The Southwestern Historical Quarterly, Volume 86, July 1982 - April, 1983 Page: 125

The University's Centennial: A Commemoration
$381,518,462 for the University of Texas at Austin for the forth-
coming academic year. The size of the budget, the more than 48,000
students and over 16,ooo faculty and staff that cram the 388-acre cam-
pus, and the imposing 3o7-foot tower of the administration building
that dominates the institution, located less than a mile north of the
magnificent capitol, are visual evidence of how far, in a material sense,
the University and the state of Texas have come since that day in 1881
when the legislature approved the enabling act to create "a university
of the first class," as mandated by the Constitution of 1876. The first
board was so disheartened about the University's financial condition in
1881, however, that it debated whether to continue plans to open the
institution. The board made an important decision. It scaled down
construction plans, letting a contract for only a part of the building it
had planned. The regents placed the physical plant secondary to the
necessity of recruiting a distinguished faculty, the heart of any great
university. When the University finally opened in September, 1883, it
had a faculty of 8 and a student body of lo3; expenditures for the year,
including building costs, came to $121,792.49.1
At the inception of the decade that gave birth to the University of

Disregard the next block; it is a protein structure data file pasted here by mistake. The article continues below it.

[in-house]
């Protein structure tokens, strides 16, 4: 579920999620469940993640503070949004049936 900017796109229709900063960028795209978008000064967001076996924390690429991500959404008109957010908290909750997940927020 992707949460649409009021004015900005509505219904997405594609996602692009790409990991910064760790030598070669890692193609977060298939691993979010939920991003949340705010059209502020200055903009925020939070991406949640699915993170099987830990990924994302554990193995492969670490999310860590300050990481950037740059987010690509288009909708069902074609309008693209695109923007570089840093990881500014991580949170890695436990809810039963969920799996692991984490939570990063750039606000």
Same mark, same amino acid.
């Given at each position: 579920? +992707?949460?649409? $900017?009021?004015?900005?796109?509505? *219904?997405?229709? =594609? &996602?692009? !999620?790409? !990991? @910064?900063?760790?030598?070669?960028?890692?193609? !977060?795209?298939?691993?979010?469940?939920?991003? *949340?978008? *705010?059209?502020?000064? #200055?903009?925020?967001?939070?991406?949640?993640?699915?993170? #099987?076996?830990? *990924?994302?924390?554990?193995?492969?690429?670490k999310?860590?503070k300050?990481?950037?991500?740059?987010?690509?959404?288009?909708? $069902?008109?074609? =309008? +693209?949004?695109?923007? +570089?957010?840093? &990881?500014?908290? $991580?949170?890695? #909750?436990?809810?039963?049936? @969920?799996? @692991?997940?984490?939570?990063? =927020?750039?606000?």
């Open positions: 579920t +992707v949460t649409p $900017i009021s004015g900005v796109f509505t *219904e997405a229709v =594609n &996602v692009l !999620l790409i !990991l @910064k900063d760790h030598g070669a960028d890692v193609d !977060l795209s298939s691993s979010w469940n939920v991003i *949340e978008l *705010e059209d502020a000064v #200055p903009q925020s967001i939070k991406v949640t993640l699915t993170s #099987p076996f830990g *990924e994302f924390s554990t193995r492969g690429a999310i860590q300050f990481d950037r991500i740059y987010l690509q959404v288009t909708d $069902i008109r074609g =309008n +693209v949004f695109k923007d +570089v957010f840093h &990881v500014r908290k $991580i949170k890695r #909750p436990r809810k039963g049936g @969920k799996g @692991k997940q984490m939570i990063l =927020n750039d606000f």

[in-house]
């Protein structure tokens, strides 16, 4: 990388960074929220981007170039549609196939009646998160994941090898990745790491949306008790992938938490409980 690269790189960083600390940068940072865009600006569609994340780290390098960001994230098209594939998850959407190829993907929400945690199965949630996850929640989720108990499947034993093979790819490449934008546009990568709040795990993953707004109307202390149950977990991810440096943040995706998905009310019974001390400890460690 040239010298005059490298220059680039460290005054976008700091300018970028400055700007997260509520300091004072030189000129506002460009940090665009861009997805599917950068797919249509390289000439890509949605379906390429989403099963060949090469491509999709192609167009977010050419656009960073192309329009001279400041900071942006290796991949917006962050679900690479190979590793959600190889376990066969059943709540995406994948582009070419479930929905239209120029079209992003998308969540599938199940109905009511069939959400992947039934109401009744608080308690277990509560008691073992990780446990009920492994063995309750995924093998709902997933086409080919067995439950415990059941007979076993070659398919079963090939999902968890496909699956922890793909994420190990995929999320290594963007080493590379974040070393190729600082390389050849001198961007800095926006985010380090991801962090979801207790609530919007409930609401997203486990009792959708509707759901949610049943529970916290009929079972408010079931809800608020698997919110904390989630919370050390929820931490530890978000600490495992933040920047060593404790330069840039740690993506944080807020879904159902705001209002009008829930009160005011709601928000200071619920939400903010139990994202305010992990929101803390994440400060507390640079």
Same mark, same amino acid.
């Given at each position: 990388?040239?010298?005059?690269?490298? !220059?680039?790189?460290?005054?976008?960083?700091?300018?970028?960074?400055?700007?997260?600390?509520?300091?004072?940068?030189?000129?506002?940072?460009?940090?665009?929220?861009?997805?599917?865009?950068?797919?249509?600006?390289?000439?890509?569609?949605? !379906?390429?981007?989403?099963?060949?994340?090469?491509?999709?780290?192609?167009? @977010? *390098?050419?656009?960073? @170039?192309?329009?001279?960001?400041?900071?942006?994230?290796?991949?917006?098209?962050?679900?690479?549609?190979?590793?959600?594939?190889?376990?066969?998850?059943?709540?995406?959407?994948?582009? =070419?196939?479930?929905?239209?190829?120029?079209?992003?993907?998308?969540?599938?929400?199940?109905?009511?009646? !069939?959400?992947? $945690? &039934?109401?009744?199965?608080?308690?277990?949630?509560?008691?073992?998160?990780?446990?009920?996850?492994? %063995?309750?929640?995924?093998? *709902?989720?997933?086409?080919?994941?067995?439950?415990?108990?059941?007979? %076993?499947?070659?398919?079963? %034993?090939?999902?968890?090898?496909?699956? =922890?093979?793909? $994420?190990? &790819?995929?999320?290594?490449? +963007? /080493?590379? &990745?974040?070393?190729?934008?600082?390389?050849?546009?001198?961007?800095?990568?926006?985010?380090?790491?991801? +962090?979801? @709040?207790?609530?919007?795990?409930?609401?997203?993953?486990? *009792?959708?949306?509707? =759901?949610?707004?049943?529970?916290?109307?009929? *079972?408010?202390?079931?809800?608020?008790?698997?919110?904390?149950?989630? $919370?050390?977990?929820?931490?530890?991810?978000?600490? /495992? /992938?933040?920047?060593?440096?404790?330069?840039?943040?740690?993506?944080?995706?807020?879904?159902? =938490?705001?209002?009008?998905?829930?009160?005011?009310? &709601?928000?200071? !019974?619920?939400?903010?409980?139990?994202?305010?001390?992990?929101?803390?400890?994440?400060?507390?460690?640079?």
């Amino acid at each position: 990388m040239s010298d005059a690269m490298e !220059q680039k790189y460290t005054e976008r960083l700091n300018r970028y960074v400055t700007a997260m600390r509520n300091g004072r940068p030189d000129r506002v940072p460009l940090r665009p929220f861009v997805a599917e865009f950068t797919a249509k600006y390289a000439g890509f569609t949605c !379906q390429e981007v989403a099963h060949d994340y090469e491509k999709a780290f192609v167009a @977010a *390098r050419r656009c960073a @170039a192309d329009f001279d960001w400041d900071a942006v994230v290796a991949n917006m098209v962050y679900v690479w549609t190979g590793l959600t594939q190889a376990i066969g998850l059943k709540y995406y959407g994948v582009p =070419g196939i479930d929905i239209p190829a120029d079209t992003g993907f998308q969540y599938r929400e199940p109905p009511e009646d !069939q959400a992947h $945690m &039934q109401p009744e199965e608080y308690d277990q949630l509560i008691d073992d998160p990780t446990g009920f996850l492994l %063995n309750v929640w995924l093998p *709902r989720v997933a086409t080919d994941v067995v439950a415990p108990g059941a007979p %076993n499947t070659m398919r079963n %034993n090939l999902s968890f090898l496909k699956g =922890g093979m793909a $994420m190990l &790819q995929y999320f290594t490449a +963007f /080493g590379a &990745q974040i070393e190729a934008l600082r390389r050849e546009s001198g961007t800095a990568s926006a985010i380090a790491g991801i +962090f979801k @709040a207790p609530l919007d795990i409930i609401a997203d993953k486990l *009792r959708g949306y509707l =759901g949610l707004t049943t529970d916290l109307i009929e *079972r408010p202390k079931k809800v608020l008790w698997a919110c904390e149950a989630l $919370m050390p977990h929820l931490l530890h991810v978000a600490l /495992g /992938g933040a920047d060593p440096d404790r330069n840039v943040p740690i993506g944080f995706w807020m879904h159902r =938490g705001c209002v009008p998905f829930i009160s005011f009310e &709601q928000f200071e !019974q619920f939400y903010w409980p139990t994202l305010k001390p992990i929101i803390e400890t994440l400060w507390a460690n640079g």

Texas, the political preference of most of the state's 1,591,748 citizens
lay with the Democratic party. The Constitution of 1876 had been the
party's final step in removing the last vestige of the Radical Republi-
cans' attempt to establish a new social and political order in Texas dur-
ing Reconstruction. With the exception of an outburst of agrarian po-
litical discontent in the early 1890os, the Democrats were so firmly
10n Campus: A Publication for Faculty and Staff at the University of Texas at Austin,
June, 1982, p. i; Louis S. Curtis to L. T. E., Nov. 2, 1982, interview; Facts: The Univer-
sity of Texas at Austin (n p., n.d.); J. J. Lane, History of the University of Texas (Austin,
1891), 268; H[arry] Y. Benedict (comp.), A Source Book Relating to the History of the
University of Texas: Legislative, Legal, Bibliographical, and Statistical, University of
Texas Bulletin no. 1757 (Austin, 1917), 826; Bobby G. Cook to L. T. E., Nov. 8, 1982, in-
terview. See also Roger A. Griffin's article, "To Establish a University of the First Class,"
on pages 185-16o below.

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Texas State Historical Association. The Southwestern Historical Quarterly, Volume 86, July 1982 - April, 1983, periodical, 1982/1983; Austin, Texas. ( accessed January 19, 2018), University of North Texas Libraries, The Portal to Texas History,; crediting Texas State Historical Association.